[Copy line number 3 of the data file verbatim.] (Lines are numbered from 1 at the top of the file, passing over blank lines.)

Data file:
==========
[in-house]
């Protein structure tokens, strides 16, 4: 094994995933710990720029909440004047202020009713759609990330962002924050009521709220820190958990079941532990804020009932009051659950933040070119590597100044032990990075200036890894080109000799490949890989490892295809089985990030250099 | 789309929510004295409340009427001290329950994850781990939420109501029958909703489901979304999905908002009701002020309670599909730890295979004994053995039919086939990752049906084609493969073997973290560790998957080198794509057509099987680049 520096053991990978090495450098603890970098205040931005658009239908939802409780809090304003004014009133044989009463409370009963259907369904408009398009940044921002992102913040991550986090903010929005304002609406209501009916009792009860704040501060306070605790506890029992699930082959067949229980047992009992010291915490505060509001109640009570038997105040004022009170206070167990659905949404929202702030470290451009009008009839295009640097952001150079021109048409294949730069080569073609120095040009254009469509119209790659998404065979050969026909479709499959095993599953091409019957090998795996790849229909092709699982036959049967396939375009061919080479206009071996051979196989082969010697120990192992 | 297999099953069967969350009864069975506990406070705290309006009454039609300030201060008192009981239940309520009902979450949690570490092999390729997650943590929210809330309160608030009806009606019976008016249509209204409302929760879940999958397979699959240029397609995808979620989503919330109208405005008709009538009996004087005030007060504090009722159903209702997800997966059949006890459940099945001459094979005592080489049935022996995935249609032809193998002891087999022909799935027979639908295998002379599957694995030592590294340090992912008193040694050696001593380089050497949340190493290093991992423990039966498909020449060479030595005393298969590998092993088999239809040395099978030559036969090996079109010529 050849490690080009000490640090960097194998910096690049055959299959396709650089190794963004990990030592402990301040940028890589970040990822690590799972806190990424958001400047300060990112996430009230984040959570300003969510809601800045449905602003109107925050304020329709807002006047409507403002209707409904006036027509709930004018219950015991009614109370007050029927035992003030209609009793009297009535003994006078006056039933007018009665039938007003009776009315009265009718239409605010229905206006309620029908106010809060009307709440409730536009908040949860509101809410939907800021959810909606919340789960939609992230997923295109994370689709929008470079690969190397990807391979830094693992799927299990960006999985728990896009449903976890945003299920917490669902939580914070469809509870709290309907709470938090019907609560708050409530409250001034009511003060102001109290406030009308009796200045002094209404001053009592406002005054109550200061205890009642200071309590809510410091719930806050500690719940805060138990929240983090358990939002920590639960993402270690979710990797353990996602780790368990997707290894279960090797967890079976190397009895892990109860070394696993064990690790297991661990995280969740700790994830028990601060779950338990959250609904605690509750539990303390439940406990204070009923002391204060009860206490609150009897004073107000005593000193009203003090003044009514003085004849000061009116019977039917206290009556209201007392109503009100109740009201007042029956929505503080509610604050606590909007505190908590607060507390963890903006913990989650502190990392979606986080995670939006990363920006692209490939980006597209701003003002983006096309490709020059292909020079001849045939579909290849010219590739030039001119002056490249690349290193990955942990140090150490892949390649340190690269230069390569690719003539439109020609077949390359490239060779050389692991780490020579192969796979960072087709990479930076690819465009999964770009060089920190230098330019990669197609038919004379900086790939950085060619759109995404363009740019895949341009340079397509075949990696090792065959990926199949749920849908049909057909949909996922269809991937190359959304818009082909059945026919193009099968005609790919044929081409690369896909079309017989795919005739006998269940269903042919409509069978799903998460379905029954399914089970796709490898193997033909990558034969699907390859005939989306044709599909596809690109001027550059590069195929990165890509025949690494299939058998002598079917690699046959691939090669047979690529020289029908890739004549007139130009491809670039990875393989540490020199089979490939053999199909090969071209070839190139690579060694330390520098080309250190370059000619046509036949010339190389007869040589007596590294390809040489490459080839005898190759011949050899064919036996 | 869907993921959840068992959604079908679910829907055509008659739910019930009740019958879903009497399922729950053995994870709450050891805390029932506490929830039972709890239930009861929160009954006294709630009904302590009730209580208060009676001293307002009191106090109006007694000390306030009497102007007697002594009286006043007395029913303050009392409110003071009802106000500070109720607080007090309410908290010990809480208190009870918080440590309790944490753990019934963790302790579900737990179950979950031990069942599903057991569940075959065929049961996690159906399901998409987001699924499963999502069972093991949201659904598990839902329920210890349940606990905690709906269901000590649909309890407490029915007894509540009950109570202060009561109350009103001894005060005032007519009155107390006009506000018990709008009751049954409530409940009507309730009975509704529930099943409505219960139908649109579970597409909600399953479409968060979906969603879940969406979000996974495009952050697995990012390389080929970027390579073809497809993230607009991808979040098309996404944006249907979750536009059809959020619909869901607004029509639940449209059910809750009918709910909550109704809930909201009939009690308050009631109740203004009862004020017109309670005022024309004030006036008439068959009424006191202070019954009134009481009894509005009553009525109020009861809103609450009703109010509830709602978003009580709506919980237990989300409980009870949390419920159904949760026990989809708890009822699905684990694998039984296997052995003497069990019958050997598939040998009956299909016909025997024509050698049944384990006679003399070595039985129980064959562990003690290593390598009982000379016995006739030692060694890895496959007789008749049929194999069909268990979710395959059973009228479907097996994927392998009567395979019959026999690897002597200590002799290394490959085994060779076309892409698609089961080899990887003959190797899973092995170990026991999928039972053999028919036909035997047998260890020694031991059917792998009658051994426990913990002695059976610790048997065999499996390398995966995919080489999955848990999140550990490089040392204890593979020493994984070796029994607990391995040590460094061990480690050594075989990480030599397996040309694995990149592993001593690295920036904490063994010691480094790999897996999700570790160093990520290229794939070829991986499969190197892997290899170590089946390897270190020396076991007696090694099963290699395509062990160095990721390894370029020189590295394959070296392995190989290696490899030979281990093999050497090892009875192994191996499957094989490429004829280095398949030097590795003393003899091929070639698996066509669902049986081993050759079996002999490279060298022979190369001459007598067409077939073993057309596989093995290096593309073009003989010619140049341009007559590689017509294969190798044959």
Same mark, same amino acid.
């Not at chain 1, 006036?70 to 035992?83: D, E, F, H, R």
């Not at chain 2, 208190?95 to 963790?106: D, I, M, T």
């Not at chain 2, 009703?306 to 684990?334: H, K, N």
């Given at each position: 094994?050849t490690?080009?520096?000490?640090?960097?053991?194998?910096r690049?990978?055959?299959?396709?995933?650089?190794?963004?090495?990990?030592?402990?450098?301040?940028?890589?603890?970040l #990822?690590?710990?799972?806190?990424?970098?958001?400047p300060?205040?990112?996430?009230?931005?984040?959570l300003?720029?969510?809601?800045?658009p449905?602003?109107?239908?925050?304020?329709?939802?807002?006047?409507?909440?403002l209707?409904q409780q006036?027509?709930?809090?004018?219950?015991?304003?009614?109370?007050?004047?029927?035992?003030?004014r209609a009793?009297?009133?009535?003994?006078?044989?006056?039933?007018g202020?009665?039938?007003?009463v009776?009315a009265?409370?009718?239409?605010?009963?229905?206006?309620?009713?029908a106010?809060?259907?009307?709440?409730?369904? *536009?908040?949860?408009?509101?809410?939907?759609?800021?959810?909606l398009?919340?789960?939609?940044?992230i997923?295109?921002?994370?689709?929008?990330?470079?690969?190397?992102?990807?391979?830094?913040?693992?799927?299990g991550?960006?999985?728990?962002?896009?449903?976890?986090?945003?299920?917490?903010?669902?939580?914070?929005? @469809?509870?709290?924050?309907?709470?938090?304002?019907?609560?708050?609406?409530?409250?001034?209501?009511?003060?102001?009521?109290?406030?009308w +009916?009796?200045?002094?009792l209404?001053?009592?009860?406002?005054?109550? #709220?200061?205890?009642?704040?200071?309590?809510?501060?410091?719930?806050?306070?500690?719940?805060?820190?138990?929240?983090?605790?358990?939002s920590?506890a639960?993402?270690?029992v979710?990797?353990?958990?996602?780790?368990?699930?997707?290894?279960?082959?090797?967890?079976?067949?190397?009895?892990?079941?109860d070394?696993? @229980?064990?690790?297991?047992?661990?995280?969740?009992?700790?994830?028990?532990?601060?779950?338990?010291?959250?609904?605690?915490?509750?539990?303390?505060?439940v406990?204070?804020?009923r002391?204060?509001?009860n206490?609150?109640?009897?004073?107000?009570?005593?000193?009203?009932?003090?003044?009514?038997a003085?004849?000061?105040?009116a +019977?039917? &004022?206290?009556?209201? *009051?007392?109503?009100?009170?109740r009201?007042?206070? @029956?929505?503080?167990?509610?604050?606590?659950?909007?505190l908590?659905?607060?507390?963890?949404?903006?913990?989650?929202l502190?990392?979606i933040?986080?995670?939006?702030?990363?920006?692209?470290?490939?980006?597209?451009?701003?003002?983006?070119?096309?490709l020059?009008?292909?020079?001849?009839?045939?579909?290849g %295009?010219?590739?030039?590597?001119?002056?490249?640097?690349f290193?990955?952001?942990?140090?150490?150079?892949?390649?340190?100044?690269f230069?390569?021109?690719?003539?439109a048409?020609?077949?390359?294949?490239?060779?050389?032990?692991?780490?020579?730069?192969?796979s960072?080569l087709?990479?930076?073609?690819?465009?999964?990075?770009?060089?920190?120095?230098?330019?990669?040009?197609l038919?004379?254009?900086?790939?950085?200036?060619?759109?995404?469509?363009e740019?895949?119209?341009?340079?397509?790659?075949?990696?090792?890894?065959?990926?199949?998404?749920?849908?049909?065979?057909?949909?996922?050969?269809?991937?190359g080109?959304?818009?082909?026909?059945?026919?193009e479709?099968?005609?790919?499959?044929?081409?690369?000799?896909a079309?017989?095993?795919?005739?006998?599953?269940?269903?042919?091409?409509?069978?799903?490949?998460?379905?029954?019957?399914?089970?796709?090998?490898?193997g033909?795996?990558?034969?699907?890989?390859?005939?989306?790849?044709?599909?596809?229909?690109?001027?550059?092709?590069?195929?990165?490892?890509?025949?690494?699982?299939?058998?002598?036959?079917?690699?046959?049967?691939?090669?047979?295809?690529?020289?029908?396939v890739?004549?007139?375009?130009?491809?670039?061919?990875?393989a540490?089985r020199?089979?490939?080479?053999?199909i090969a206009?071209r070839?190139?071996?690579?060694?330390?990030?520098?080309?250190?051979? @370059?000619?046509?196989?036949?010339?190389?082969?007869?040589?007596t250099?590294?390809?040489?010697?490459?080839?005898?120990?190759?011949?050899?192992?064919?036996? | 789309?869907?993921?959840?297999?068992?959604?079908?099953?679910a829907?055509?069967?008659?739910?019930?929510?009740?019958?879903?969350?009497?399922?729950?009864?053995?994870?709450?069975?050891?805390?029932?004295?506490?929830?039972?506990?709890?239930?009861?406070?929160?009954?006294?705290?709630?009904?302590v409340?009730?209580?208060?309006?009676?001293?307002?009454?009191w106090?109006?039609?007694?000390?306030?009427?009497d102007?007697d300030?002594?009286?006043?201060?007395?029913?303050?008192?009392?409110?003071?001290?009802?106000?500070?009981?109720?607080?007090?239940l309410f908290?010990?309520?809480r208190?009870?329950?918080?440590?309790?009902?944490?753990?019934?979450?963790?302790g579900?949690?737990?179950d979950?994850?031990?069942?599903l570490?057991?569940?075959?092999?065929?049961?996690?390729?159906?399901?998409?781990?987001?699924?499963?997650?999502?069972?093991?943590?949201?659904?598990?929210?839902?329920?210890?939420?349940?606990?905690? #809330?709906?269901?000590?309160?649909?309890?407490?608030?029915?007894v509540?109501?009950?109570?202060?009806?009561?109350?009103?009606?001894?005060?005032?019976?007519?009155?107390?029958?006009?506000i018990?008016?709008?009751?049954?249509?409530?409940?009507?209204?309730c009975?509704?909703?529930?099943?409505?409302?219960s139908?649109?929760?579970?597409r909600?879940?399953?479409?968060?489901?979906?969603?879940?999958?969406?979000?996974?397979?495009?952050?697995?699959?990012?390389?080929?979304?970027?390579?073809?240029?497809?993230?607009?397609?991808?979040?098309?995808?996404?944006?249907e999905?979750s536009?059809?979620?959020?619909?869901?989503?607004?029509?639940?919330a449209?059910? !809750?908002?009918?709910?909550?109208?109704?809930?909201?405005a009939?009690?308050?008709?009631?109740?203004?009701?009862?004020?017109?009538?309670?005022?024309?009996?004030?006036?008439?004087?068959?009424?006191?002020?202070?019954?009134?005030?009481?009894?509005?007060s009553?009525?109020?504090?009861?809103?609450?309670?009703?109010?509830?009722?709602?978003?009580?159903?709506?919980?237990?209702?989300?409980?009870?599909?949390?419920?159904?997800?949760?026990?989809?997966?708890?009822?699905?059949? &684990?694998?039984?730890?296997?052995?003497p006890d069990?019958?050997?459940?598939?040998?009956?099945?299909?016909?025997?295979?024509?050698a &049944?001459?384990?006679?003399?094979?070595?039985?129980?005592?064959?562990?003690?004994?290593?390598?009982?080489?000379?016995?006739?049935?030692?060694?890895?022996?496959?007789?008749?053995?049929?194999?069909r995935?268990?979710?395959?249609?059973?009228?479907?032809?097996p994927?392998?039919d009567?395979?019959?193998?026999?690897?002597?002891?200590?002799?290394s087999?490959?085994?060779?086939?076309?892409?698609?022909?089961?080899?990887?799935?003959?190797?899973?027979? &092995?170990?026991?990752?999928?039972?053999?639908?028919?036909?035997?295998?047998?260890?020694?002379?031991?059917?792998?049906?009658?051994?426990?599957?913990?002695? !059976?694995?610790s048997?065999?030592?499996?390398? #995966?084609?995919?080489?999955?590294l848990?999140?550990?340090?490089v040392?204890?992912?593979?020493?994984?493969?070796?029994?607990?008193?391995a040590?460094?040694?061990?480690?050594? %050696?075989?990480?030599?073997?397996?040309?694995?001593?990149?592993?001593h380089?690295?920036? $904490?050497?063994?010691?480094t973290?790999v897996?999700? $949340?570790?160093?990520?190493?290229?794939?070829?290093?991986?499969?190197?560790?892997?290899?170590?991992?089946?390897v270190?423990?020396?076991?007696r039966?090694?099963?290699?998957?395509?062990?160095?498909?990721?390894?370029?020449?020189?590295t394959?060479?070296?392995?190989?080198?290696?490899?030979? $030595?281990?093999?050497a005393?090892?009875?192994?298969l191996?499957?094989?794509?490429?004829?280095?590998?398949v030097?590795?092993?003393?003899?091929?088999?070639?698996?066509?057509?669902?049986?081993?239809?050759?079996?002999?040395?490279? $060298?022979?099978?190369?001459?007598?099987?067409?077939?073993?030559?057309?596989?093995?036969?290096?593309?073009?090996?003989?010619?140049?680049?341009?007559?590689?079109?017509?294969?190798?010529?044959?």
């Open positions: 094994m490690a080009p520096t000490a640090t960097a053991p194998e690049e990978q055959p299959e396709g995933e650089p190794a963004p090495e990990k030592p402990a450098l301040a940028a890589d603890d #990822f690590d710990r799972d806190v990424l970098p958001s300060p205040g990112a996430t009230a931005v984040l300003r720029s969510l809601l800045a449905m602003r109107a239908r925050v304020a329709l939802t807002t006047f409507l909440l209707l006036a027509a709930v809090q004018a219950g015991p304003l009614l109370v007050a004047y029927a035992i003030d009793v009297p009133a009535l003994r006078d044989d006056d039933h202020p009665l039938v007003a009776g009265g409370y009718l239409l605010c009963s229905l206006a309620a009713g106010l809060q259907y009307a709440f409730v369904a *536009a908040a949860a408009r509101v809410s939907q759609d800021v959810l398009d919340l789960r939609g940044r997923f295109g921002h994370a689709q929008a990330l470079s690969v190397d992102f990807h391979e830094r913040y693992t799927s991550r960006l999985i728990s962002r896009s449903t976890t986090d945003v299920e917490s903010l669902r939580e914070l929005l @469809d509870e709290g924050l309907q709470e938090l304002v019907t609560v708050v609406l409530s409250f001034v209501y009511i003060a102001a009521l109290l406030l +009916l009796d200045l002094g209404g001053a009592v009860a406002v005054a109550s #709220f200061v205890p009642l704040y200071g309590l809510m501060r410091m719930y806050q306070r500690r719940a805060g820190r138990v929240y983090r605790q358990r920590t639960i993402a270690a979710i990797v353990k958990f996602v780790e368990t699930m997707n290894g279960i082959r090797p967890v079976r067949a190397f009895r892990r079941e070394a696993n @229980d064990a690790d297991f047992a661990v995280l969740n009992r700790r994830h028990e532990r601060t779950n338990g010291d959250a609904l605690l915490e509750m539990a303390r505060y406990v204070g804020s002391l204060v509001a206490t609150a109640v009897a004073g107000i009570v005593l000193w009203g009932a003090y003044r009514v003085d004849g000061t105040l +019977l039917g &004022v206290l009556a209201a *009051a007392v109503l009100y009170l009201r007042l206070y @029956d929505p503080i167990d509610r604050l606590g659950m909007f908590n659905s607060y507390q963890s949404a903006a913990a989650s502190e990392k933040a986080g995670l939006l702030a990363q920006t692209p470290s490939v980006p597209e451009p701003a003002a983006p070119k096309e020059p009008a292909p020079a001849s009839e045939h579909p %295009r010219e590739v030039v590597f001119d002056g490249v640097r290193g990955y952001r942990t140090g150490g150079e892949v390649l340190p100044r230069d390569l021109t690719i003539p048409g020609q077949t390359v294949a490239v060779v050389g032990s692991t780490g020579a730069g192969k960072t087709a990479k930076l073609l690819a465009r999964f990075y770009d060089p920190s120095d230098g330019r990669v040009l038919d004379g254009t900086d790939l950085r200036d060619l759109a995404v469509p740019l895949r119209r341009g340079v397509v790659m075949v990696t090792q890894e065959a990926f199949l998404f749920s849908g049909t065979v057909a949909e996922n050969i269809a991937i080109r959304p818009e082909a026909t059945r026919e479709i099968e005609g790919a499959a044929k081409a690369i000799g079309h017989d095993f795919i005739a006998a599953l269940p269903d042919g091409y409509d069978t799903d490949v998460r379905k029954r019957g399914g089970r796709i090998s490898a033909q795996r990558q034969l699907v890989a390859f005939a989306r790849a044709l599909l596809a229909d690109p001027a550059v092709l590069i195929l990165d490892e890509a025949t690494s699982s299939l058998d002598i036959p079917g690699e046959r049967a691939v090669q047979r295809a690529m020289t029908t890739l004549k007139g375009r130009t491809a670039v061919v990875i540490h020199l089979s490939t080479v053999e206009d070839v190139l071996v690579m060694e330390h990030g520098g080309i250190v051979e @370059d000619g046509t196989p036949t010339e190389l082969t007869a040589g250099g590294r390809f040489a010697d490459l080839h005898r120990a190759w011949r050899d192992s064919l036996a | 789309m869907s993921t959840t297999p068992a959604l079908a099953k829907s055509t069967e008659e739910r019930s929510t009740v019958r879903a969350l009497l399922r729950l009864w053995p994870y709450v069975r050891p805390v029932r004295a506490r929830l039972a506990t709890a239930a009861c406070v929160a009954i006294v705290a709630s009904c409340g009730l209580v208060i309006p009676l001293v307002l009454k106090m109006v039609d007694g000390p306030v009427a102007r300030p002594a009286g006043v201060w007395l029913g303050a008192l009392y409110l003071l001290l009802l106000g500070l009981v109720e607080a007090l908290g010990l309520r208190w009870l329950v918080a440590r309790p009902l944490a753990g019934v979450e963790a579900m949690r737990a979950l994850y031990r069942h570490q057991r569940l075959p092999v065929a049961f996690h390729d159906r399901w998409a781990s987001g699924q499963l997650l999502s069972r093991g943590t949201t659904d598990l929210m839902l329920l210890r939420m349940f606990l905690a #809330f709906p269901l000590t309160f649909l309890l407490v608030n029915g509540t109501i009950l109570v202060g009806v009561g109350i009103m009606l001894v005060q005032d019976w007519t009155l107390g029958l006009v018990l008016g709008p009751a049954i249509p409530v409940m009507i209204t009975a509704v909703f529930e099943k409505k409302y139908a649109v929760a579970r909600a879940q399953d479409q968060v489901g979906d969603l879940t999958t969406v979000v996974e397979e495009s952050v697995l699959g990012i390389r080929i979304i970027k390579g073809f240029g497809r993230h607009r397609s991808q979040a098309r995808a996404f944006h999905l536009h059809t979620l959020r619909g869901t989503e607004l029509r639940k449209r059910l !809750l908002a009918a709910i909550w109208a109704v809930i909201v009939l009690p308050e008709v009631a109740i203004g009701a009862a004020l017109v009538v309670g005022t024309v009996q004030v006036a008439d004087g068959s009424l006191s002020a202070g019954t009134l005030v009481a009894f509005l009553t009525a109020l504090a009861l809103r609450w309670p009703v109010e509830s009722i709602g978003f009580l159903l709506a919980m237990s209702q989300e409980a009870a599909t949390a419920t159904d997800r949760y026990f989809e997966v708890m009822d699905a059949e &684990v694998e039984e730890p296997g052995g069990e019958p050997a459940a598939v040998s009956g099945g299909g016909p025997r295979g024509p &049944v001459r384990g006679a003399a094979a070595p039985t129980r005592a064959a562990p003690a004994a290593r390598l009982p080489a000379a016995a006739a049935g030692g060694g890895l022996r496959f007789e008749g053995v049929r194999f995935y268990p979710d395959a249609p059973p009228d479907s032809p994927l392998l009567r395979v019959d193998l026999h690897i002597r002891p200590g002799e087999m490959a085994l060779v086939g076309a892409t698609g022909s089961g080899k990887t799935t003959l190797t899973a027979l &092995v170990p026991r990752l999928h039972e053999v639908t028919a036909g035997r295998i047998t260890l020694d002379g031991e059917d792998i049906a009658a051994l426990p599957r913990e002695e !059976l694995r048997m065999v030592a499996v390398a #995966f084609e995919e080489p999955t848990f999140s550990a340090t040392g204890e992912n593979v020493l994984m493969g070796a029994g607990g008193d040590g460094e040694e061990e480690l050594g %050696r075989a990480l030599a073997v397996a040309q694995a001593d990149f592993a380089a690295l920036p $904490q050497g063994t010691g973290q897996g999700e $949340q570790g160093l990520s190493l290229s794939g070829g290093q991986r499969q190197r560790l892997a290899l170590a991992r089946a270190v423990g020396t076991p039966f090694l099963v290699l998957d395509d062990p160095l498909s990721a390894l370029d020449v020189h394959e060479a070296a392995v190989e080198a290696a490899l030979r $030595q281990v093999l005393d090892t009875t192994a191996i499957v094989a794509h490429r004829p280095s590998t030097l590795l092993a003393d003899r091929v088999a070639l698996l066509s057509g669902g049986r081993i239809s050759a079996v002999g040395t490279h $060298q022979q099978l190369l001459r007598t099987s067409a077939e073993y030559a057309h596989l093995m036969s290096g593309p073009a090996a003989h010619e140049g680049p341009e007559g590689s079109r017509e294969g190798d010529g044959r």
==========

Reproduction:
Same mark, same amino acid.